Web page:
Publishing and sharing work – it goes without saying that blogging is about sharing your ideas, interests, passions and work of any nature with others. Edmodo is great for sharing a link to your blog, but the work all takes place on your blog, in all the ways I’ve outlined in the other categories in this section of this blogpost.

Tags and Categories – Edmodo and Blogging are very similar in this area. Tags are a great way for creating access to specific posts by using keywords related to posts. Categories allow you to group posts under subject areas. Blogging categories offer more flexibility than Edmodo folders in that you can file a single post under multiple categories.

Audience – One of the benefits of Edmodo is that it is a secure, teacher controlled environment restricted to teacher control and a clearly defined set of users. This is also a drawback if you are looking for a wider, open audience. Blogging gives you both options. If you are looking for purpose for writing well, audience is important. Yes, you can keep your blog private or control who views it, but you can open it up to the whole world to share in your journey and provide you with feedback and incentive. Student bloggers get the opportunity to decide on their audience access and the level of communication they have with them. They don’t get this choice with Edmodo, which his heavy on teacher control.

As a portfolio – While Edmodo has its backpack/library for no fuss, easy to access file uploading and storing, it works more as a filing system. Blogging offers more of a publishing/presentation tool feel to storing your work. It can act as an adequate word processing/publishing option with decent formatting tools, weblinks and ability to add images. It allows you to embed web tools for instant viewing of linked work, whereas Edmodo, while offering embedding, requires you to click on the embedded link to view the file ( albeit within Edmodo). Stored files on Edmodo are private ( unless shared in folders or individually posted to specific groups) whereas on a blog you can open it up for anyone ( or a limited few ) to view and comment on.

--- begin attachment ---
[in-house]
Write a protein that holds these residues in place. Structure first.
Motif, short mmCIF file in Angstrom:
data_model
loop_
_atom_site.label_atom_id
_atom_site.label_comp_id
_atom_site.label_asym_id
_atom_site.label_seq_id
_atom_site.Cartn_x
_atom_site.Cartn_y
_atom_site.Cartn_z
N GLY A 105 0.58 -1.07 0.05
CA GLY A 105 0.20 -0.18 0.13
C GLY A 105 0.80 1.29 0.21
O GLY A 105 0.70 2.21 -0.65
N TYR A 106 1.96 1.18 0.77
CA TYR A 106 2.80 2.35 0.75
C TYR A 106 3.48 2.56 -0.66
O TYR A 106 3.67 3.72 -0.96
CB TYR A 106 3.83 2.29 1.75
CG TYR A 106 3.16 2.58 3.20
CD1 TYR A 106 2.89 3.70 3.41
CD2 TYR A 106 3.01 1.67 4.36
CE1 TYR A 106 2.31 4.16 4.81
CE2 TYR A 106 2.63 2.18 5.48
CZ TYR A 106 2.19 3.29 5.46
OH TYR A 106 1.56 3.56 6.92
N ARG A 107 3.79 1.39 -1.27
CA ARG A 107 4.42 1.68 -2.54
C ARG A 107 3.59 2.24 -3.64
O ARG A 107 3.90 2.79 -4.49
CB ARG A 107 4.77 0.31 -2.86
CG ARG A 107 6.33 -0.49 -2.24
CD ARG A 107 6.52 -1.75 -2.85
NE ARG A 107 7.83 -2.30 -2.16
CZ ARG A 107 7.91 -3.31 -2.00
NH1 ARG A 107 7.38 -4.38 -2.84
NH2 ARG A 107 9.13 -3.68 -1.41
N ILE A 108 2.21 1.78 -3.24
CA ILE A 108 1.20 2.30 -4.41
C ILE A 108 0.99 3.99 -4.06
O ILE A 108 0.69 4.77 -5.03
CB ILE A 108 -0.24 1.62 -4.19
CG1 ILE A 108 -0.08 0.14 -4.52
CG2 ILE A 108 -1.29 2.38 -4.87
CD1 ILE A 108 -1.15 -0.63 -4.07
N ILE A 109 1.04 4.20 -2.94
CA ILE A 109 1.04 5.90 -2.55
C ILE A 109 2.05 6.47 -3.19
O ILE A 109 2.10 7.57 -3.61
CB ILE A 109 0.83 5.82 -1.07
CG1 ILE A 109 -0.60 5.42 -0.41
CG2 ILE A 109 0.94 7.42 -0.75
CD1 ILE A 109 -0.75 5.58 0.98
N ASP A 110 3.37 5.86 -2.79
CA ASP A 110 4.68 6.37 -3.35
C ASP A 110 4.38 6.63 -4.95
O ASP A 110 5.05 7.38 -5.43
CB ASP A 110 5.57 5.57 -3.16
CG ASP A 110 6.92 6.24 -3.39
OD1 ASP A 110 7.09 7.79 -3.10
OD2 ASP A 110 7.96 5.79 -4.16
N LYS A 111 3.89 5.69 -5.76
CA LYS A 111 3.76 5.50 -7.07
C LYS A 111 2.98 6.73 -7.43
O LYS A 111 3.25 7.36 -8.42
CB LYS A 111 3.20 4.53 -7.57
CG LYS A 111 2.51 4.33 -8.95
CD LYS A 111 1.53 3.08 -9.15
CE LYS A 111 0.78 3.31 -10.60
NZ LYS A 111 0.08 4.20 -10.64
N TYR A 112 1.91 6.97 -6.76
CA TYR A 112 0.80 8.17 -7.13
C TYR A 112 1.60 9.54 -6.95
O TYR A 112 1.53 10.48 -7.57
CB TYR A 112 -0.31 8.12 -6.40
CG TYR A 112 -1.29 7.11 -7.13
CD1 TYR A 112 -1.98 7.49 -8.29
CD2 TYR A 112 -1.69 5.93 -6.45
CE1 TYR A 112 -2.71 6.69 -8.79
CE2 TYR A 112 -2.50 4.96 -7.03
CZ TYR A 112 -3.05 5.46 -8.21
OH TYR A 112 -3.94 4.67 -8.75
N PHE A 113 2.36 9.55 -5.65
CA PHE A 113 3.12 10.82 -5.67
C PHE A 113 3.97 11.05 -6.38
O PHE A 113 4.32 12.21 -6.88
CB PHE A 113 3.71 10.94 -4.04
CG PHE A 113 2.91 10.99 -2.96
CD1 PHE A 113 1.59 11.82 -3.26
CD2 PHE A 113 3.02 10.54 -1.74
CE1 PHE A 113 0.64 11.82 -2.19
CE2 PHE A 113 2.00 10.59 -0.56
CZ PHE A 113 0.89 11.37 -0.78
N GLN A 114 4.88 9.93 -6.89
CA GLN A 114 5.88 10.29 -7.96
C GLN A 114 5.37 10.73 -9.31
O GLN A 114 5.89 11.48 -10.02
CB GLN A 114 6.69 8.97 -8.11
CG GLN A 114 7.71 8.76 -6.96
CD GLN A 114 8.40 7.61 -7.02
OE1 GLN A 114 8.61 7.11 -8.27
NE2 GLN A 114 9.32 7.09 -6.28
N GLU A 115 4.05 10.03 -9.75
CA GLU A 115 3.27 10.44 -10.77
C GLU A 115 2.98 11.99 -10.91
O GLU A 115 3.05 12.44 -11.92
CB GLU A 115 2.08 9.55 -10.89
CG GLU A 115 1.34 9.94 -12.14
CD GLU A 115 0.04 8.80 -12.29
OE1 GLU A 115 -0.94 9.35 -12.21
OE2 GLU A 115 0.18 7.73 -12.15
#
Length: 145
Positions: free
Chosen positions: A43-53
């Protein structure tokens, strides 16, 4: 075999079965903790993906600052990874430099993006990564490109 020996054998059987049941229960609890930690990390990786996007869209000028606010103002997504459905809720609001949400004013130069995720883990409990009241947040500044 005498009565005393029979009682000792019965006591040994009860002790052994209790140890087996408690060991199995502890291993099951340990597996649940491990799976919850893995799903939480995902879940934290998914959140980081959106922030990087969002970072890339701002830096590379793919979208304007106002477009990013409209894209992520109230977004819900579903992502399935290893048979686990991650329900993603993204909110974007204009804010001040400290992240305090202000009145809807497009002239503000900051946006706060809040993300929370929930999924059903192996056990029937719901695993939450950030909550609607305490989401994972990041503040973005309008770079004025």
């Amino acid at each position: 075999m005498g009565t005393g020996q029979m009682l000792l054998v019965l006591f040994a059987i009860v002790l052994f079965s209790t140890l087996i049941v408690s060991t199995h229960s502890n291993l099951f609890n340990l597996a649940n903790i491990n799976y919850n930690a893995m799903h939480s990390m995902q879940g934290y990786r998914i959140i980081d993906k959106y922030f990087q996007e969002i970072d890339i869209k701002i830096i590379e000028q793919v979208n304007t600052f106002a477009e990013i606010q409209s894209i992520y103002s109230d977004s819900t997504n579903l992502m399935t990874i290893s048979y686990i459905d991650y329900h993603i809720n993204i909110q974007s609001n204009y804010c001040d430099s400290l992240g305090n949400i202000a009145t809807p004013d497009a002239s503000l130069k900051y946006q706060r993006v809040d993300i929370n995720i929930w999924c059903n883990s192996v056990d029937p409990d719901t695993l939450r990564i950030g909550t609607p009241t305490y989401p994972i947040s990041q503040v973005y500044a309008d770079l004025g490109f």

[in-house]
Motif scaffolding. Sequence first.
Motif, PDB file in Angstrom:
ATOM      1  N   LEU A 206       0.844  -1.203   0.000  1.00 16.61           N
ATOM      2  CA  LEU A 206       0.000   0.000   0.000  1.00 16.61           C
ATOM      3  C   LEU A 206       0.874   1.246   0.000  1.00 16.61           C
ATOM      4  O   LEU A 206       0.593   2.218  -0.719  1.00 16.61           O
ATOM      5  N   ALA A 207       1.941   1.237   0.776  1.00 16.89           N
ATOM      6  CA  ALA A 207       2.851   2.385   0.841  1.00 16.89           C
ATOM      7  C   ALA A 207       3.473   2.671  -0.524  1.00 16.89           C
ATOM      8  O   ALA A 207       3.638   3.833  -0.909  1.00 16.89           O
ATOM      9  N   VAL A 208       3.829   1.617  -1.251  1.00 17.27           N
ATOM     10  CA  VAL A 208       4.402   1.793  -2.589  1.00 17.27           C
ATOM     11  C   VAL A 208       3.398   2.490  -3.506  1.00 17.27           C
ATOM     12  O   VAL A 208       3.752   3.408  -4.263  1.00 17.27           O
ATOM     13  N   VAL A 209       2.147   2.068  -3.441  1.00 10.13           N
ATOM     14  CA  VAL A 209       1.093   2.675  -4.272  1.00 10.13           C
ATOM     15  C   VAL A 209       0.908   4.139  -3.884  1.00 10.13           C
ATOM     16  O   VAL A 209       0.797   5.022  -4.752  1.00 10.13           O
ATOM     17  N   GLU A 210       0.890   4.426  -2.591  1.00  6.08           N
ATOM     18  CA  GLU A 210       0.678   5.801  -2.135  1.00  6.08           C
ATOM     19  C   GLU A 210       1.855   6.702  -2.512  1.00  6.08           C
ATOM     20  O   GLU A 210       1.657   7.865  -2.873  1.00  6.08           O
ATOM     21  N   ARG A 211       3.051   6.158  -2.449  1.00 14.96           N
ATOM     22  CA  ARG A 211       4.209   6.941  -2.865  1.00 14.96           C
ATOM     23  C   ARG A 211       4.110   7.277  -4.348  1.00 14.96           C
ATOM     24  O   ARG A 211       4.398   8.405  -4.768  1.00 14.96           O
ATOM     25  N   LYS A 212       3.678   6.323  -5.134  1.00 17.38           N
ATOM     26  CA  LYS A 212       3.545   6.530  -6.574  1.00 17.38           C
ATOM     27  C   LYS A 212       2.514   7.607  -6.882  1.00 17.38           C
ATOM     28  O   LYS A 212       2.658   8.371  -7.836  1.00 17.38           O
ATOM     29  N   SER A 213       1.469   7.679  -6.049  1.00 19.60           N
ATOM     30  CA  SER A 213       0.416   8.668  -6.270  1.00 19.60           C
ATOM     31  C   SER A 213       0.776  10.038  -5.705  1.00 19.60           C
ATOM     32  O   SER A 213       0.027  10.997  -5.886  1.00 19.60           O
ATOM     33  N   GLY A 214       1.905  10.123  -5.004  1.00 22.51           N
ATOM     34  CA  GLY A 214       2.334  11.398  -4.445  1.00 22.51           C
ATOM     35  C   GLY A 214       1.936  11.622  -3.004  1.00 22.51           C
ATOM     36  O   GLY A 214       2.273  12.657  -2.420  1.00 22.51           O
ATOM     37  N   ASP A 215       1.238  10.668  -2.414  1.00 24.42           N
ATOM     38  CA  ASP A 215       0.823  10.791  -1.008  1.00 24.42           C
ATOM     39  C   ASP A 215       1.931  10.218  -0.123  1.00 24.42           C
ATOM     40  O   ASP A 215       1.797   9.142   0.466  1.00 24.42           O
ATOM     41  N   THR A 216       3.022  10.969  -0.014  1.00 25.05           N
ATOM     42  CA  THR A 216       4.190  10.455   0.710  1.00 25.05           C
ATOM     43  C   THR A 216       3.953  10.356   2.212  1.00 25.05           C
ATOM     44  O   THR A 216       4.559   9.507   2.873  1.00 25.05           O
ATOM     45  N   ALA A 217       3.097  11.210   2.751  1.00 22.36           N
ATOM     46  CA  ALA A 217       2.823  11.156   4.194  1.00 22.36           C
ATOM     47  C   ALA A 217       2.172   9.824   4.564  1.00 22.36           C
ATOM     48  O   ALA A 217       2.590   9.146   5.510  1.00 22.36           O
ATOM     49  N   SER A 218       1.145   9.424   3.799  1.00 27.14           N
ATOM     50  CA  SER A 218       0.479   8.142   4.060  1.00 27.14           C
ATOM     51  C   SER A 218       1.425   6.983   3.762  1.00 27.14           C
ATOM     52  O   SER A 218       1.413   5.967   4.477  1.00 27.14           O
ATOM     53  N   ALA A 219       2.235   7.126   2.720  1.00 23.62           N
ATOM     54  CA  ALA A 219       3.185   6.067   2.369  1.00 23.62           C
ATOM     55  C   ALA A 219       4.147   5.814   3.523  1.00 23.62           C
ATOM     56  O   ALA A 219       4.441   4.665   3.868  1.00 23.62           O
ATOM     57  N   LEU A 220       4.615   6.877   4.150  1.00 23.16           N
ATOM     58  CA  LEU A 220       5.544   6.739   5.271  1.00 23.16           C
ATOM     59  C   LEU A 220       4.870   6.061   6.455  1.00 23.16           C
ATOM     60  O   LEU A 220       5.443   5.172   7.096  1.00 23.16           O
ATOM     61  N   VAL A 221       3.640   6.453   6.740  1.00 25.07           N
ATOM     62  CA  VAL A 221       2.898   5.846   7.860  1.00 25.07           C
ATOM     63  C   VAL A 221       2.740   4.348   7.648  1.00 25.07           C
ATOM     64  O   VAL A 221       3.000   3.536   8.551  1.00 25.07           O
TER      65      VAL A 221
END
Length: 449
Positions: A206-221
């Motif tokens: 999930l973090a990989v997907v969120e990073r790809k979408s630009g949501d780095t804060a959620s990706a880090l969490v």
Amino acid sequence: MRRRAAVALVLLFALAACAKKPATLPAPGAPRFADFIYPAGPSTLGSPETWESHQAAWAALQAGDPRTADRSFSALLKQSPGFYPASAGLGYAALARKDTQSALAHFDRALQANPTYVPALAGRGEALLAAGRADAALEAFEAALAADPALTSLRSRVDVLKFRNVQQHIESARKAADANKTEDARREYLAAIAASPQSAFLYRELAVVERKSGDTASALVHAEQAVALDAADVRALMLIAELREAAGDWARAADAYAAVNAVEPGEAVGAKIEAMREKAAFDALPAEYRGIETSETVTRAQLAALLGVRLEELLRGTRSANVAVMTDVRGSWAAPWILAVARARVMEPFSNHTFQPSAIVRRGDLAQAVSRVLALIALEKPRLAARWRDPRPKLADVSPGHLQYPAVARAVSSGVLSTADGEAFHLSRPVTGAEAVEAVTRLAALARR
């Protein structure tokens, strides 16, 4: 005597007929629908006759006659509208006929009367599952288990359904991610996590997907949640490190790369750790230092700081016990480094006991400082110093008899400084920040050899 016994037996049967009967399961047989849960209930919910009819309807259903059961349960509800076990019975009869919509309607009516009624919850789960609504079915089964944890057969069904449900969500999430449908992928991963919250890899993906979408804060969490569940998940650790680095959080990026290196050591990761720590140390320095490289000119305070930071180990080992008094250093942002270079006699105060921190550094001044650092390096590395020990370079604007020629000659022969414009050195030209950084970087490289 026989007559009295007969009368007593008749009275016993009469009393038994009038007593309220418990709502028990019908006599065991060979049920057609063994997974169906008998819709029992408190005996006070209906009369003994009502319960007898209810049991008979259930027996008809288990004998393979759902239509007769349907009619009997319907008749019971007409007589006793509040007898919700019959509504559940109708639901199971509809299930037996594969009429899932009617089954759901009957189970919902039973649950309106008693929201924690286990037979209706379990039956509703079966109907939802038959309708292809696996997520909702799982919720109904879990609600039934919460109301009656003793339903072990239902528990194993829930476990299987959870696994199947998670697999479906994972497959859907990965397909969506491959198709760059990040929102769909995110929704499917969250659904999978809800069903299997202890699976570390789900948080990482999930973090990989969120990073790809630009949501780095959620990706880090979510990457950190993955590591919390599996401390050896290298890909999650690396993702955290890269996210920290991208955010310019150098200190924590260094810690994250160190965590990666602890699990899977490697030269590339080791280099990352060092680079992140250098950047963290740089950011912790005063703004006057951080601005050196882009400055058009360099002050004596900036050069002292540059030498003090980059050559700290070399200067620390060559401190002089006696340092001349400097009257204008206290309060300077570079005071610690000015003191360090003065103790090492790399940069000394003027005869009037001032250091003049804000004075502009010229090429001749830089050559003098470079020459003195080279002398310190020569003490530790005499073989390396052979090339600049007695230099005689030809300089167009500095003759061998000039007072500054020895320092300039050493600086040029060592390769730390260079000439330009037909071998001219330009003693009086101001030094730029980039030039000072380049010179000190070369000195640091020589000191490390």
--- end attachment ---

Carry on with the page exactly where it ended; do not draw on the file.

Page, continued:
I think the feature sets I’ve outlined for both platforms show a clear difference in usage but also shows how beneficial they can both be. Nevertheless, I’d like to hear from other users of Edmodo and blogging. Have I missed something that you think is important to either? Do you have uses of either that eliminates the need to use both. Please join the conversation.

Teachers need to be learning role models

One thing I miss most due to my new part leader/part mentor/part member of teaching team role this year is a full time relationship with students. I get to play cameo roles teaching mini units to focus groups, taking extension groups in Maths and helping children use ICT effectively in their learning. What I don’t get to be, though, is something I believe in deeply – being a role model in learning.

With the shift in emphasis to independent, student centred and driven learning, I think sometimes we drop the ball as teachers in showing students how to be learners through example. I believe teachers have to jump out of the comfort zone of providing guidance, developing rubrics for students to follow, working on samples of work created by other authors and other pre-prepared lesson plans and ideas and get involved in real learning as an example for their students to follow. While I’m not a full time class teacher anymore, these are some examples of how I was a learning role model over the previous years that I think are important for teachers to do.

READING